Author: Sewell & Kettle Lawyers Level 1, 299 Elizabeth St Sydney, NSW 2000 Phone: (02) 8251 0075, E-Mail: [email protected]
Which Mr Men character is your Debtor?
Mr Men is a series of children’s books created by Roger Hargreaves. We grew up reading Mr Men books so we have used the characters from Mr Men books to make our analysis of the debtor archetypes more memorable. The B2B debtor archetypes that we have identified through research include:
1. Mr Muddle (Chronically insolvent)
One day Mr Muddle went fishing with a fisherman named George, and did the wrong things and didn’t catch any fish.
This debtor is chronically insolvent and there will be an appointment of an insolvency practitioner. Usually there are prior indicators of insolvency before this appointment.
2. Mr Forgetful (Incomplete evidence to support claim)
Mr Forgetful has a short memory and forgets to pass on a message to a farmer about sheep loose in the lane. This is where our Client has incomplete evidence to support the claim and therefore it is difficult for our Client to properly demonstrate the claim to the other Debtor or the Debtor’s representatives.
3. Mr Nonsense (Phoenix activity)
Mr Nonsense lives in Nonsenseland, in a boat on top of a tree. This Debtor has engaged in phoenix activity and because of this something just doesn’t add up. There is evidence the Debtor is avoiding service or has continued trading through a different entity to the detriment of creditors.
4. Mr Fussy (Genuine dispute to claim)
Mr Fussy keeps his hair combed, his moustache trimmed, his shoelaces tied and his house very neat. This Debtor has a genuine dispute to the claim and there is evidence that supports the contention that the quality or quantity of the goods or services did not meet specifications and therefore the price claimed may need to be adjusted.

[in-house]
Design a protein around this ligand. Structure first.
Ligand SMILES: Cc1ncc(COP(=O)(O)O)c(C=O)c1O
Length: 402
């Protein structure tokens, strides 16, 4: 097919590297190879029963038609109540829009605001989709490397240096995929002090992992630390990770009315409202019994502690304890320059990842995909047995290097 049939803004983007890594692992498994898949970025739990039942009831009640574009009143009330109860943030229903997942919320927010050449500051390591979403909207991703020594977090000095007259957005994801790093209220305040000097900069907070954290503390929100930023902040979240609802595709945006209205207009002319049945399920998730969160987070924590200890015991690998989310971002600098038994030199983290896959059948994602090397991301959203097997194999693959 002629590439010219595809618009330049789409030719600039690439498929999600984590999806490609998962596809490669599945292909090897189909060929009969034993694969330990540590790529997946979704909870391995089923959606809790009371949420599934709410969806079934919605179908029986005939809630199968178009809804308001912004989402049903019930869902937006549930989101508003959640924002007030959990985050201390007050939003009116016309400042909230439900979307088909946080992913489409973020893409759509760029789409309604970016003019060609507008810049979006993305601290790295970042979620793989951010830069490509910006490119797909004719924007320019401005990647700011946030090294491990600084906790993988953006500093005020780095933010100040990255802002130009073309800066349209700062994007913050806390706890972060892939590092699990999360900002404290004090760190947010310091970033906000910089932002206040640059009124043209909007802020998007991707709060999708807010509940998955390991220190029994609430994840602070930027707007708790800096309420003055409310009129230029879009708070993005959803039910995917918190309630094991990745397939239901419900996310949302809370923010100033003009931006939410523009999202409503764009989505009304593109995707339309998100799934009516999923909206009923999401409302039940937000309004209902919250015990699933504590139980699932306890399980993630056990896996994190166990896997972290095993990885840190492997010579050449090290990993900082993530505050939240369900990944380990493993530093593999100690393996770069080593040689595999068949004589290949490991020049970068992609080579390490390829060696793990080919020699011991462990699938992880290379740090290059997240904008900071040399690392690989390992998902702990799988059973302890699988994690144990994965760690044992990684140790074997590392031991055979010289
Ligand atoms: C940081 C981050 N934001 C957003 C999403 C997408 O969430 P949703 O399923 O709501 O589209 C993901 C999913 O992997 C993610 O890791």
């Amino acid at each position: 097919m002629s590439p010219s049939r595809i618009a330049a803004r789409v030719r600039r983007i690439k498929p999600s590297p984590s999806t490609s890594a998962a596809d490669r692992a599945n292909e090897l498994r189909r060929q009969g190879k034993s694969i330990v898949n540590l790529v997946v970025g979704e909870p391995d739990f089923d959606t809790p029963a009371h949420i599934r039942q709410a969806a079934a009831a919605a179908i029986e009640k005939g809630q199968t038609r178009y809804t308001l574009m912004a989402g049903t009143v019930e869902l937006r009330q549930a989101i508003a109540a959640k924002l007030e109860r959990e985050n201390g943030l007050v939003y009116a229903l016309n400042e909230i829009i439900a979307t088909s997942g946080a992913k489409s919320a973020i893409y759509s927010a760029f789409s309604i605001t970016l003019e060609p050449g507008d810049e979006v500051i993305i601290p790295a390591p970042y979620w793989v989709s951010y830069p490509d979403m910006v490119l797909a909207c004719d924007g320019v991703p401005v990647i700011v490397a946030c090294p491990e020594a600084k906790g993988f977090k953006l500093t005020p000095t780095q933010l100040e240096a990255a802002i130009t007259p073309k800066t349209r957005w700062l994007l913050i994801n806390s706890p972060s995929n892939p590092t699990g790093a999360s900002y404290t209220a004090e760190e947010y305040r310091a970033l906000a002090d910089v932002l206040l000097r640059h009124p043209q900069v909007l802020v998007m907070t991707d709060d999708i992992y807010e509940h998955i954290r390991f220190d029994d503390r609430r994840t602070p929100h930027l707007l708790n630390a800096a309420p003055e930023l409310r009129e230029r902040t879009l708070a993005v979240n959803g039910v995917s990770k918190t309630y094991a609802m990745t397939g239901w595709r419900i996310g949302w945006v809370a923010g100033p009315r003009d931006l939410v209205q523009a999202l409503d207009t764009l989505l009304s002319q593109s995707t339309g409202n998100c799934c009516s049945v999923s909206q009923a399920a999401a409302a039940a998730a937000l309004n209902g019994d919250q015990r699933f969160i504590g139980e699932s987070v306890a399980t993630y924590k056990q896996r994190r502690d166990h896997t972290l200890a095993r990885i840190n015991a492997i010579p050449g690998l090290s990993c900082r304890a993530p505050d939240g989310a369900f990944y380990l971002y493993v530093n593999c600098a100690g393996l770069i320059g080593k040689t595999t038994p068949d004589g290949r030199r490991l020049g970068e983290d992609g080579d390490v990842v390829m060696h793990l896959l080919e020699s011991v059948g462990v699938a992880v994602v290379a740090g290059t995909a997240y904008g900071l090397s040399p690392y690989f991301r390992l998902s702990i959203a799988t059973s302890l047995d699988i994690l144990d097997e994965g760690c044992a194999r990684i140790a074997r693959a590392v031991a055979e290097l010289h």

5. Mr Quiet (Business exit)
Mr Quiet lives in Loudland, where everybody and everything is too loud for him. Because it is too noisy Mr Quiet closes his business without settling all of his affairs. The Debtor’s business has closed but there is no insolvency appointment or evidence of chronic insolvency.
6. Mr Slow (Payment delay)
Mr Slow takes so long to do everything. It took him until New Year to open his Christmas presents and until Easter to write his thank-yous. This Debtor is simply delaying payment. There is usually payment of the debt after legal action is commenced and there is no evidence of any of the above key factors such as insolvency, business exit or a genuine dispute to the claim.
Take-Aways for Credit Managers
Credit Managers and Financial Controllers that offer credit to small-to-medium sized enterprises (SMEs) need to manage the risk of non-payment. Our research and experience has given us insights to categorising business-to-business (B2B) debtors into six debtor categories. By correctly placing debtors into one of these categories our Credit Manager and Financial Controller Clients are able to accurately predict their prospects of recovery and optimise their legal expenditure. If a Client chooses to continue legal action against a chronically insolvent debtor, it may be for policy reasons rather than an expectation of recovery.